An advisory panel for the U.S. Centers for Disease Control (CDC) held an emergency session Wednesday, April 14 after the federal government recommended pausing use of the Johnson & Johnson COVID-19 vaccine. Wisconsin has also halted the shots.
The panel opted to continue the pause until there is more information on the vaccine and its relationship with unusual, rare blood clots.
During an hours-long virtual meeting, members of the CDC's Advisory Committee on Immunization Practices (ACIP) heard from a number of experts about the six reports of blood clotting following receipt of the Johnson & Johnson vaccine.
The patients affected -- all white women between the ages of 18 and 48 -- developed an extremely rare and serious condition called cerebral venous sinus thrombosis and thrombocytopenia. It translates to a blood clot that forms in the brain and is accompanied by abnormally low levels of platelets.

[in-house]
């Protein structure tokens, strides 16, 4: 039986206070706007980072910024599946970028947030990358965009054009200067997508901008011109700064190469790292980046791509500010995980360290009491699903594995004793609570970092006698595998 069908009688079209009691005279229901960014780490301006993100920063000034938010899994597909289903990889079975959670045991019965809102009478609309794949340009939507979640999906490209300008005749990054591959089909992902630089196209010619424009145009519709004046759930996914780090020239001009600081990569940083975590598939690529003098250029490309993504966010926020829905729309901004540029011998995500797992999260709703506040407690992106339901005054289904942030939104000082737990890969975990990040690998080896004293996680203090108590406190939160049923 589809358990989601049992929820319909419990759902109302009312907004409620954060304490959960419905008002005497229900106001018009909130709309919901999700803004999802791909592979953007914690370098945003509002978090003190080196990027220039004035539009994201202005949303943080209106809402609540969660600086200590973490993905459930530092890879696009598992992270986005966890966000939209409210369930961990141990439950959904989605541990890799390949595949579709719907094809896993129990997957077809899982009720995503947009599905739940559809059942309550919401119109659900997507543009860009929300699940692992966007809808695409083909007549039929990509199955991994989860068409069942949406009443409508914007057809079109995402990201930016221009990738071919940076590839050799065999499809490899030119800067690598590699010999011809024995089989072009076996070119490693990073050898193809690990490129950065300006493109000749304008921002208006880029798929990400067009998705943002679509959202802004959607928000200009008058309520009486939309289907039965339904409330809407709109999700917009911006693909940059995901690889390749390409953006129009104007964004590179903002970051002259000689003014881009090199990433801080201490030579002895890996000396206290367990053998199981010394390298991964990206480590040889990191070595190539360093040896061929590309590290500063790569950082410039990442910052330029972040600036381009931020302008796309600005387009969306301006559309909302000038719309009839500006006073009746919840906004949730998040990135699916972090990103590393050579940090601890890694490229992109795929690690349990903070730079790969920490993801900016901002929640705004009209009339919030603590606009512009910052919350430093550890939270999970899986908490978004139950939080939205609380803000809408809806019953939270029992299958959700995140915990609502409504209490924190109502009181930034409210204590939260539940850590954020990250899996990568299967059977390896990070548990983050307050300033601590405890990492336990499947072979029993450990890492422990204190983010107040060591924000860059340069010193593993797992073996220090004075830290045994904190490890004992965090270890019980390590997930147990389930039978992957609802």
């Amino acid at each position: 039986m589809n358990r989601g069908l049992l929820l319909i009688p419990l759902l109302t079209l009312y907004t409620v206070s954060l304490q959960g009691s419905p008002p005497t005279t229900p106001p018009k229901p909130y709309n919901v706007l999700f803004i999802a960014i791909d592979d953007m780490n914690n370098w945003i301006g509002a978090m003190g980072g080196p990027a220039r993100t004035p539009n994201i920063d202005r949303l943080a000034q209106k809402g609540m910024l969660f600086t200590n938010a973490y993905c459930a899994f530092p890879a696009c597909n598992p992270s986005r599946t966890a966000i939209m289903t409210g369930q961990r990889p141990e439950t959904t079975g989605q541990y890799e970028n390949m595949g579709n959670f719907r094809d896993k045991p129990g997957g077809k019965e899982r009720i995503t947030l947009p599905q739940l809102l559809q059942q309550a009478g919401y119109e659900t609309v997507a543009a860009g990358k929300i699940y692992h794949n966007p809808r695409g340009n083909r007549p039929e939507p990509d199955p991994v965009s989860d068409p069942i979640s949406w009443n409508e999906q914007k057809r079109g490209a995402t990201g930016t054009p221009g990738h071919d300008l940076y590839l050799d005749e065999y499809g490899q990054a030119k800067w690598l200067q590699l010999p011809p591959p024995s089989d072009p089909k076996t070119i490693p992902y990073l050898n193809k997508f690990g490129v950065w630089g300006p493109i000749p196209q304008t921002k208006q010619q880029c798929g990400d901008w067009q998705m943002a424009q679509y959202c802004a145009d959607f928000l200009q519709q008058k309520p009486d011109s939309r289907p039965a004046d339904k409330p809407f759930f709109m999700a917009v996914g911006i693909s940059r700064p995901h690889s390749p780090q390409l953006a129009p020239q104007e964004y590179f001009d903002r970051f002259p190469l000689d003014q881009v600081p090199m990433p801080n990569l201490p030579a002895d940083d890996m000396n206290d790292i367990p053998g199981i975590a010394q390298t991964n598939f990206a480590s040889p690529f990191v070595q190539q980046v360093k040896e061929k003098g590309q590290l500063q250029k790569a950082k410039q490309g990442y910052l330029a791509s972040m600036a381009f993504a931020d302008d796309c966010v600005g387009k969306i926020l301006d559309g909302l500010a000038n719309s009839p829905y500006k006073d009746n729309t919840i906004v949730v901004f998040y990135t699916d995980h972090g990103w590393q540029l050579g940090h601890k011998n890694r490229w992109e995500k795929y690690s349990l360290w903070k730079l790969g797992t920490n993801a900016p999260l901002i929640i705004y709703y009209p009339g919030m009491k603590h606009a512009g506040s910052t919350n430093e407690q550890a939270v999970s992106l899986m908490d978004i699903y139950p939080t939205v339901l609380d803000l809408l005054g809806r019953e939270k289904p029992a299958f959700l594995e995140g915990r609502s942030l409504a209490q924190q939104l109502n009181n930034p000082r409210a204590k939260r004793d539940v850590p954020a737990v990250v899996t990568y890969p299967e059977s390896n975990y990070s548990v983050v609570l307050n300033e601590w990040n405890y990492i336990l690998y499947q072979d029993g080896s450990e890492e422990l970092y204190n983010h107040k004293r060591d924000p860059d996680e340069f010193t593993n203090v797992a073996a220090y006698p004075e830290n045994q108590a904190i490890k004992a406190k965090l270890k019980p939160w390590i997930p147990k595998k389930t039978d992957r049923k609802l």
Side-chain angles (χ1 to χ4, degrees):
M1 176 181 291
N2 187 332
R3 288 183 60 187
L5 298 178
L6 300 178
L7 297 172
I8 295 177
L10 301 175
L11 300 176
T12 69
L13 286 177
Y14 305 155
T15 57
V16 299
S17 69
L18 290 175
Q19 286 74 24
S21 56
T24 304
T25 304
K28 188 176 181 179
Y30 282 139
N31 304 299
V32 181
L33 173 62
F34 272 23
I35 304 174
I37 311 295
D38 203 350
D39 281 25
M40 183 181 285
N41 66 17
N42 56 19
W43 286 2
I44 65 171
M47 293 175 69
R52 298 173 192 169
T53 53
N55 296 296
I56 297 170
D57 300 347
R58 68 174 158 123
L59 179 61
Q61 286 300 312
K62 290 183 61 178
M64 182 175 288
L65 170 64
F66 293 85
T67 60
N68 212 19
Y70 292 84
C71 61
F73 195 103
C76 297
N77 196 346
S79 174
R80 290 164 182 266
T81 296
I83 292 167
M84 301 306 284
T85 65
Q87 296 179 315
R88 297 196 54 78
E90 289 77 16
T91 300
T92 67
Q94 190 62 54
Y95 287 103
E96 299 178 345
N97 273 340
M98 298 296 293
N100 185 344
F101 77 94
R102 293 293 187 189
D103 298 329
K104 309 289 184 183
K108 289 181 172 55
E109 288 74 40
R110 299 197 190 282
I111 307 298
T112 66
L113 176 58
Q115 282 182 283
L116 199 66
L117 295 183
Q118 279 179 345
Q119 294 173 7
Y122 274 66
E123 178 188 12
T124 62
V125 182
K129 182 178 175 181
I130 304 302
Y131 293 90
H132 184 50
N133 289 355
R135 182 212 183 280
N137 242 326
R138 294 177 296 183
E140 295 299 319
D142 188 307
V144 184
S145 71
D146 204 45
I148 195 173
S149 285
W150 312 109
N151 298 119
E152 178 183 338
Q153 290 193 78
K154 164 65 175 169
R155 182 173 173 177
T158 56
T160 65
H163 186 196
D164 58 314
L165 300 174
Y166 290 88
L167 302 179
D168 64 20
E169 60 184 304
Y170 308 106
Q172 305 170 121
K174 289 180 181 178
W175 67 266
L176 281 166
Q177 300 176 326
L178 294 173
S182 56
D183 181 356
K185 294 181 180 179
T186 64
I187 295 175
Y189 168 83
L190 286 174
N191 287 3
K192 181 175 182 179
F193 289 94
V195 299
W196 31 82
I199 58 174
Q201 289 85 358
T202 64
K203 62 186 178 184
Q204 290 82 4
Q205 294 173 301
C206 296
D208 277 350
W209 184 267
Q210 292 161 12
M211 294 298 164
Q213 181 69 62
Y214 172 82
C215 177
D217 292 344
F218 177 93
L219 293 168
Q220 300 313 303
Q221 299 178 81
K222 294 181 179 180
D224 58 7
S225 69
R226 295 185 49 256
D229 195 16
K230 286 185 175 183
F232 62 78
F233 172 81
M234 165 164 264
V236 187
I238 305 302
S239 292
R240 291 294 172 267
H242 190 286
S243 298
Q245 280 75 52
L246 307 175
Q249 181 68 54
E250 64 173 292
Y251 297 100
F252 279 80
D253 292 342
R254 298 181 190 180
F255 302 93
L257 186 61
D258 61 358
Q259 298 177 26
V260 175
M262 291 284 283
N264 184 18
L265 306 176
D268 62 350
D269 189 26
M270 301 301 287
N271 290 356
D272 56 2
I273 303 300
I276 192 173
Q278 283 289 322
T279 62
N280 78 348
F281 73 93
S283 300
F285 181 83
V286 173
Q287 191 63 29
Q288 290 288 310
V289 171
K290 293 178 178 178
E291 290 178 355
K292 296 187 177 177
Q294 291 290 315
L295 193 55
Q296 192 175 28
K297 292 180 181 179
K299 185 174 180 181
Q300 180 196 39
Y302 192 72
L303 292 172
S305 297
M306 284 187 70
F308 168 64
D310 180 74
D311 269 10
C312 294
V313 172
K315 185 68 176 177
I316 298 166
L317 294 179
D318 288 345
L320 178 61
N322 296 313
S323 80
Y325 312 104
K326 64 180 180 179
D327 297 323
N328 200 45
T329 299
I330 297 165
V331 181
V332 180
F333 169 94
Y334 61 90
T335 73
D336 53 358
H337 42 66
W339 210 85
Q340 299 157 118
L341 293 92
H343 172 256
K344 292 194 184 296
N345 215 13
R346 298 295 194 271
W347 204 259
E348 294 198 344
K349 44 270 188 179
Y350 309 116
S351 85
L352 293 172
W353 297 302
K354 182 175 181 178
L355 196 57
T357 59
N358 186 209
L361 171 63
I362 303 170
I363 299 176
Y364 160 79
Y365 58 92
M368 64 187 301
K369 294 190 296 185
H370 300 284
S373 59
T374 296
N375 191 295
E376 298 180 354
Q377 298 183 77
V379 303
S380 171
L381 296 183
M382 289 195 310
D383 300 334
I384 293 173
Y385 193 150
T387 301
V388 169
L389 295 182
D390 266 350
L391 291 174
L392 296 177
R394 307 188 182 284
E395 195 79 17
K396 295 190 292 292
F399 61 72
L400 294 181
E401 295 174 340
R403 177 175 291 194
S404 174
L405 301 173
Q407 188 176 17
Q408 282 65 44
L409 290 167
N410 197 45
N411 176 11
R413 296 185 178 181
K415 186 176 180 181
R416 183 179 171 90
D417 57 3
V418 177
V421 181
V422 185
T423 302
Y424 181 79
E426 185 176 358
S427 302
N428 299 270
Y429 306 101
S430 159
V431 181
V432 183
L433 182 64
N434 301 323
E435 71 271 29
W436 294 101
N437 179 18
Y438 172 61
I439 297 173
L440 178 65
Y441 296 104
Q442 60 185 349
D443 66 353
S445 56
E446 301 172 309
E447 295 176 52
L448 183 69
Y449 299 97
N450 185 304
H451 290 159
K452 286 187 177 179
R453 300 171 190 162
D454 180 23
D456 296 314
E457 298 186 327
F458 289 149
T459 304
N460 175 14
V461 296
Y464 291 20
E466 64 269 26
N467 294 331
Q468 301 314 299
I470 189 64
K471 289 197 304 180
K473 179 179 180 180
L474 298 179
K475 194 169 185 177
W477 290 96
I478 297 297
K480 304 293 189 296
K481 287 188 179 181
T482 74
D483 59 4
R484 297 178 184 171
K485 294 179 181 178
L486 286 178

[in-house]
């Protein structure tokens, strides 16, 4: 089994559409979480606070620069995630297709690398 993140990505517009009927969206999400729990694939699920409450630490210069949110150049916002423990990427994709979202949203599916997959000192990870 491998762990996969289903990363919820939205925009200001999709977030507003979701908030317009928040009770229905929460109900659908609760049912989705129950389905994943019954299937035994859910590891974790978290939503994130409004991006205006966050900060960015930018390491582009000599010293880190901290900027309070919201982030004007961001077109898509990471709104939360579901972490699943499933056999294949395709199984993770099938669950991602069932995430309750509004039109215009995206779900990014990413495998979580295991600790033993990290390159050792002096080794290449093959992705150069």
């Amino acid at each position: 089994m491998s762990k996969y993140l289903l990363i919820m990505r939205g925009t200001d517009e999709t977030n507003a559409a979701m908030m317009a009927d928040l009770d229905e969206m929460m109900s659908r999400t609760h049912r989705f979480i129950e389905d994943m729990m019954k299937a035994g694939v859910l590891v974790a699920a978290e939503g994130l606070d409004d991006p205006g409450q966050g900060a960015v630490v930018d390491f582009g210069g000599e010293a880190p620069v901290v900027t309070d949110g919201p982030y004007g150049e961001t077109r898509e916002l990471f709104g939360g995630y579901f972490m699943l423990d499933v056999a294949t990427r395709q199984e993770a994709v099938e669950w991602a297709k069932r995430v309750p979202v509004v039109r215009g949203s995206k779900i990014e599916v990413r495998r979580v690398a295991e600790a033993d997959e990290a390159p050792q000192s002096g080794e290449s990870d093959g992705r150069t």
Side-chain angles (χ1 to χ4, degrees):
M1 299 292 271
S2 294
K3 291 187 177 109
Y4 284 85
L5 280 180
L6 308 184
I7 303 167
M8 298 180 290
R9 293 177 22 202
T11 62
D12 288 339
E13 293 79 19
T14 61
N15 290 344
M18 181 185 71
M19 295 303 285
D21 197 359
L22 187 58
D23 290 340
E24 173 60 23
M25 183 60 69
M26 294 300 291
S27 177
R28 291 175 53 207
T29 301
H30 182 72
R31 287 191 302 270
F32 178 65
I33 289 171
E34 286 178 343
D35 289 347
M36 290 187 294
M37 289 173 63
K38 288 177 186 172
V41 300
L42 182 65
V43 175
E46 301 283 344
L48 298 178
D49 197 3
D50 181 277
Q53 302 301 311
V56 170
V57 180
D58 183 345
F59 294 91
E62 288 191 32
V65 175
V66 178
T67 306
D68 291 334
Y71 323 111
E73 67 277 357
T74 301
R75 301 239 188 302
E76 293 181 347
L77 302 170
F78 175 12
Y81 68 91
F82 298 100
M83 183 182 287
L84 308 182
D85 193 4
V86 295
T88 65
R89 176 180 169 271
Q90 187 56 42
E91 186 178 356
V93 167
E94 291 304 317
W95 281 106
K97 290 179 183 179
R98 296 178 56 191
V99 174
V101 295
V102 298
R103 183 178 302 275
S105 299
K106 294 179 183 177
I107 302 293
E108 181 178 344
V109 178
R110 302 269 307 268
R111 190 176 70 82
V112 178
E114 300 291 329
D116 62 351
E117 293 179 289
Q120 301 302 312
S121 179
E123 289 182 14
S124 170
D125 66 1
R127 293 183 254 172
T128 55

Doctors said typical treatment of the blood thinner medication Herapin may actually do more harm. The phenomenon is similar to what has been observed in Europe with the AstraZeneca vaccine.
The panel was tasked with determining if there is enough information to make interim recommendations amid the pause. Members of the public were also allowed to briefly comment.
ACIP members weighed public safety with the need to protect people from the coronavirus and concerns about creating unnecessary panic.
The committee noted that a 25-year-old man also suffered the same condition in 2020 during Johnson & Johnson clinical trials.
The condition appears six to 13 days after vaccination, and experts say more cases may be reported in the next two weeks. The most common symptom is a severe headache.